US 6545751 B2 Abstract An improved low cost theodolite position measurement system and process which is particularly useful in enabling a single operator to conveniently set up the system and calculate elevation (el) and azimuth (az) angle data. Only a single optical transmitter is positioned within a predetermined workspace thus significantly decreasing equipment costs and setup time. The single transmitter is positioned and leveled at a predetermined point in the workspace. In operation the single rotatably mounted transmitter head illuminates the workspace volume with a pair of spaced apart precalibrated fan beams which sweep the space and a periodically emitted reference strobe pulse. At least one optical receiver is selectively positionable within said workspace so that during each revolution of said single transmitter head said receiver receives a first position strike and a second position strike of said fan beams. To determine elevation angle data, tracker logic means responsive to said receiver determines a first tie interval separation between receiving said first position strike and said second position strike and calculation means for converting said first time separation interval into an elevation angle data. To determine an azimuth angle data said receiver receives a strobe pulse and a fan beam position strike, both of which are repeatedly transmitted with a known periodicity, determining a measure of time separation related to the strobe pulse and the position strike, and converting the measure of time separation into the azimuth angle data utilizing the known periodicity.
Claims(26) 1. A method of determining an elevation angle, the method comprising:
receiving a first position strike and a second position strike;
determining a first time separation between receiving the first position strike and the second position strike;
determining two possible elevation angles from the first time separation; and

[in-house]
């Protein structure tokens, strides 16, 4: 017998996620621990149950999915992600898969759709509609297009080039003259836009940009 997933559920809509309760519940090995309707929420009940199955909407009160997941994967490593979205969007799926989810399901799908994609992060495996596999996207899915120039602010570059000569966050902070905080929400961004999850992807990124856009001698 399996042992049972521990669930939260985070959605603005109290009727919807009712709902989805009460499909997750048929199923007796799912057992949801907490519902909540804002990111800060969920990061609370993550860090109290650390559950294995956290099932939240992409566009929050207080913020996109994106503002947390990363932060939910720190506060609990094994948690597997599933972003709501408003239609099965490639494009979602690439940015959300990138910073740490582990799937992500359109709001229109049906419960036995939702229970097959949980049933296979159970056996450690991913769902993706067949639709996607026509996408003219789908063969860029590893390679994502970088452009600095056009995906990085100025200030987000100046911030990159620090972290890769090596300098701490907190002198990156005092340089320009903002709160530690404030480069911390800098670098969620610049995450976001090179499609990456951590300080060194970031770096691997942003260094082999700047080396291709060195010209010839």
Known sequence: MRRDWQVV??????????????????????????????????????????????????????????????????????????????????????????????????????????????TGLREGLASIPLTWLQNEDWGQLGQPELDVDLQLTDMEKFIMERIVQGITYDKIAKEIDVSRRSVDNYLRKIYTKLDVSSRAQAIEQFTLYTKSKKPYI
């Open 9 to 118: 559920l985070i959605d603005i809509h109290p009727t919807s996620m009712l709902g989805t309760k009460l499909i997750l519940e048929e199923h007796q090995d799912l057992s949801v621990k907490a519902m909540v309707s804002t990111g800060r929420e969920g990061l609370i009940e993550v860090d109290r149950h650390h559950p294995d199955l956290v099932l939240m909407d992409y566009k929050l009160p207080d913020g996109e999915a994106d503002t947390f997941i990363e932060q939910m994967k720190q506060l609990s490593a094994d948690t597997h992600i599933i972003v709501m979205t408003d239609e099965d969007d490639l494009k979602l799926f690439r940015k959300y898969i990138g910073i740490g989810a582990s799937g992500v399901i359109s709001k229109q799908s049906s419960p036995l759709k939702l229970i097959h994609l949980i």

determining which of said two possible elevation angles is the elevation angle.
2. The method of
the first position strike comprises at least one of a laser strike, a radio frequency signal strike, or an infra-red signal strike, and
the second position strike comprises at least one of a laser strike, a radio frequency signal strike, or an infra-red signal strike.
3. The method of
the first position strike comprises a first laser strike, and
the second position strike comprises a second laser strike.
4. The method of
the first laser strike is produced from a first laser beam, and
the second laser strike is produced from a second laser beam.
5. The method of
the first laser strike is produced by a first portion of a laser beam,
the second laser strike is produced by a second portion of the laser beam, and
a slant angle of the first portion is not equal to a slant angle of the second portion.
6. The method of
the first laser strike and the second laser strike are produced from at least one laser beam emitted from a transmitter with a known rotation speed,
the first time separation varies with elevation angle, and
said converting the first time separation into the elevation angle comprises using the known rotation speed of the transmitter to associate the first time separation with the elevation angle.
7. The method of
8. The method of
9. The method of
10. The method of
11. The method of
receiving a third position strike and a fourth position strike;
determining a second time separation between receiving the third position strike and the fourth position strike; and
comparing the first time separation and the second time separation to determine which of two elevation angles, which correspond respectively to the first time separation, is the elevation angle.